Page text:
Tottenham Hotspur boss Mauricio Pochettino believes his side are their own “worst opponent” ahead of facing Red Star in the Champions League.
Last season’s Champions League finalists have endured a difficult start to the 2019/20 season having won just three of 12 matches played in all competitions.
Spurs’ struggles: Five key things to know…
- Mauricio Pochettino is currently in his sixth season managing Tottenham Hotspur.
- Under him, Spurs have finished in the Premier League top four on four occasions.
- They north London club have also reached two cup finals: League Cup (2015) and Champions League (2019), though losing both.
- However, they’ve started poorly this season, winning just three of their opening 12 matches in all competitions.
- Pochettino believes his side are currently their own worst opponent.
Spurs go into their upcoming Champions League showdown against Serbian outfit Red Star Belgrade on the back off a three-match winless streak which included a humbling 7-2 defeat against Bayern Munich at home.
That result plus snatching a draw from the jaws of victory against Olympiakos – they led 2-0 in Greece – leaves them on one point after two matches played, with Red Star two points in front.
It means their back-to-back Group B games against the Red-Whites could ultimately decide who follows Bayern Munich into the knockout stages. And when the severity of these games was put to Pochettino, he was in no doubt where Tottenham’s focus must lie.
“It will be tough because every single game is tough,” he told reporters.
“In this type of period our worst opponent are ourselves, and of course we need to compete more with the opponent and with ourselves and try to build our confidence and of course to be solid and perform in the way that we want to perform.”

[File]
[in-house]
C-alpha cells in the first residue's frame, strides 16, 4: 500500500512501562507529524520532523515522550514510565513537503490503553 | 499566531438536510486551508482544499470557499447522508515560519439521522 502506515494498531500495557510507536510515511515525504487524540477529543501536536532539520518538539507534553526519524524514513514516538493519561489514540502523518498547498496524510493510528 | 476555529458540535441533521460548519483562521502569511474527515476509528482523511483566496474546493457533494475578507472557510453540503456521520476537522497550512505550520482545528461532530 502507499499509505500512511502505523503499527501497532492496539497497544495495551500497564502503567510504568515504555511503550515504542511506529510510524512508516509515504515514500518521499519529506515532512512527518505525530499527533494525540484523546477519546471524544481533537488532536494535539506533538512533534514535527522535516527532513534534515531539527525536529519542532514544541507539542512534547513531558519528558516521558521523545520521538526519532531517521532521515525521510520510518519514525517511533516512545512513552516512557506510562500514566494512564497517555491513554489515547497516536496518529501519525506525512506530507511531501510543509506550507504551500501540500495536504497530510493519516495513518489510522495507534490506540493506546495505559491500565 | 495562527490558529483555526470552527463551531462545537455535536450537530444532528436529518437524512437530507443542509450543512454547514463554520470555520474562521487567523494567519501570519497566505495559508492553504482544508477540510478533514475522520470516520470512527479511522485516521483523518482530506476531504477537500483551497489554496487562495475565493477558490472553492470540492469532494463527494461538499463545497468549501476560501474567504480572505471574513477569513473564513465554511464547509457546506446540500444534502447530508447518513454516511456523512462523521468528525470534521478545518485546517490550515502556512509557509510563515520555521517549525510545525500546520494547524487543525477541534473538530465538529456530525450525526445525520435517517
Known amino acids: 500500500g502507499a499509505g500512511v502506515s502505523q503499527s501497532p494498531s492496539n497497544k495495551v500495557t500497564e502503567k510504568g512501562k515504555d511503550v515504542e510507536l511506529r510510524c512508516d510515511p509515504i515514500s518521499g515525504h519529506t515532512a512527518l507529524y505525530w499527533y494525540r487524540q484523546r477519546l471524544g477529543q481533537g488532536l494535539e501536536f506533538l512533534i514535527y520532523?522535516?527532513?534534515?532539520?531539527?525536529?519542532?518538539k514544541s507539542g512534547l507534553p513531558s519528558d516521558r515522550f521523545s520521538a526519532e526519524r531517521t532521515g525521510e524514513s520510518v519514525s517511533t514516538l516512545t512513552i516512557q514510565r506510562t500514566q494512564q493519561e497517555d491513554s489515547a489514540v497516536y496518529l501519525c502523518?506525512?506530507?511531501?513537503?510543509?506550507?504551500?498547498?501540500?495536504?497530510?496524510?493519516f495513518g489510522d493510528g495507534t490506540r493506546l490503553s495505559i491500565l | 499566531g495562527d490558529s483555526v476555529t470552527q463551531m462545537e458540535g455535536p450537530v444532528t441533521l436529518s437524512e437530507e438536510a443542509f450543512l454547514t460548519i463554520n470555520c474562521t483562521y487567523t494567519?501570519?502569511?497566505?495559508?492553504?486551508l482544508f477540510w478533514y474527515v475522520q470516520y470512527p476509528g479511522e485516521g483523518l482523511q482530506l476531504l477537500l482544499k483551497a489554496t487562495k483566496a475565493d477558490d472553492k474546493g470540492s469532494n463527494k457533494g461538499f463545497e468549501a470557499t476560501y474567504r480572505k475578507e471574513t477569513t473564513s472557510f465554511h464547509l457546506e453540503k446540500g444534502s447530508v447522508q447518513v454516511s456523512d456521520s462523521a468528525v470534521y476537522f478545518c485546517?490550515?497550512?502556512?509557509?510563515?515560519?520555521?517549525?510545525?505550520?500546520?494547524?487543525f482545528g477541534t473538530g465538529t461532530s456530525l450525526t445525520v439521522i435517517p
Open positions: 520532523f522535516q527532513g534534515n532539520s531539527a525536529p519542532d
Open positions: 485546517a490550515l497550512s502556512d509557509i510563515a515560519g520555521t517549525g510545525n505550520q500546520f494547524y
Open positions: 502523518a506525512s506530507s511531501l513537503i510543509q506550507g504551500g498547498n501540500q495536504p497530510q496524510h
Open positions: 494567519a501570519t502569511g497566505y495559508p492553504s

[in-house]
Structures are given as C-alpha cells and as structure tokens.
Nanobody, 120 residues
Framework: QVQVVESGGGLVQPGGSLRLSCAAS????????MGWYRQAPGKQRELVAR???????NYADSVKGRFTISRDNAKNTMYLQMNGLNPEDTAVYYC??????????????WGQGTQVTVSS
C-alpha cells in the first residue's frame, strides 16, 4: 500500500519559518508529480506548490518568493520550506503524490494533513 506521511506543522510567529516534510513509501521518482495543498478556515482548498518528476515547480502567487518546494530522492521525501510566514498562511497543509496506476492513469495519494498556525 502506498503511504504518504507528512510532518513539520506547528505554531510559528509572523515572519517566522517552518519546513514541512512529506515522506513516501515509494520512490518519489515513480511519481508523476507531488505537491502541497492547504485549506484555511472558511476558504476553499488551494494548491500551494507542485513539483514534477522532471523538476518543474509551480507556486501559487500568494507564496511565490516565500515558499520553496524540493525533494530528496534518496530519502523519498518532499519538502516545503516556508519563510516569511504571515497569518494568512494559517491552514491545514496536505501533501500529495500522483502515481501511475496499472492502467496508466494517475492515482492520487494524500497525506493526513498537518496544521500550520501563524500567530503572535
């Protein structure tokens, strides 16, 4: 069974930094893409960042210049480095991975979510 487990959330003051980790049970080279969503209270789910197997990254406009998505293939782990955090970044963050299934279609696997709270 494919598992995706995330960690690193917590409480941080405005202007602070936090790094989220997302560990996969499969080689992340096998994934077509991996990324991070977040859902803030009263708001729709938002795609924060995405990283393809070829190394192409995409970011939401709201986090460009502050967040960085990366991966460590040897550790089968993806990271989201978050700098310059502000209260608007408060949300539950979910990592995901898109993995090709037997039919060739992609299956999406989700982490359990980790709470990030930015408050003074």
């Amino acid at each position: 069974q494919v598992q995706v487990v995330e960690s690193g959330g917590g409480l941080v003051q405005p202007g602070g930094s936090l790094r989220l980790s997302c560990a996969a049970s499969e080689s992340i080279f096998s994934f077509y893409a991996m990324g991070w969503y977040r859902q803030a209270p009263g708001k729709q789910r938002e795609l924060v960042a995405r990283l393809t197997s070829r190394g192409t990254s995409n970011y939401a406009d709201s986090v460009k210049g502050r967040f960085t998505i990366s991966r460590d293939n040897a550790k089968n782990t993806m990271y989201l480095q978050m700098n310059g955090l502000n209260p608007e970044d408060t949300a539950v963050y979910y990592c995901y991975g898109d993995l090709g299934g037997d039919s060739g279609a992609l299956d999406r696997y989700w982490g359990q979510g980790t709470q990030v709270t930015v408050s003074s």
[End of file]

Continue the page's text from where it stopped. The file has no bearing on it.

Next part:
Pochettino went on to explain why Spurs are their own worst enemies, admitting his players will not be used to being in such a bad patch, given their previous highs.
Subscribe to Squawka’s Youtube channel here.
He added: “When you’re in good period and full of confidence everything is going well and it’s easy to play because you have the talent and the quality to do so.
“When the tough moment arrives sometimes it’s not easy to connect with team-mates and it’s difficult to do the things that before you were doing so easily. That is normal because it’s the pressure and the stress.
“When you have experience of these situations, it’s so important the leadership inside to the pitch.
“Nearly all the players – 99 per cent of them – have enjoyed a good period at the club in the five-and-a-half years we have been here.
“It had always been very positive. So this, what is happening now, is a very new thing for us.”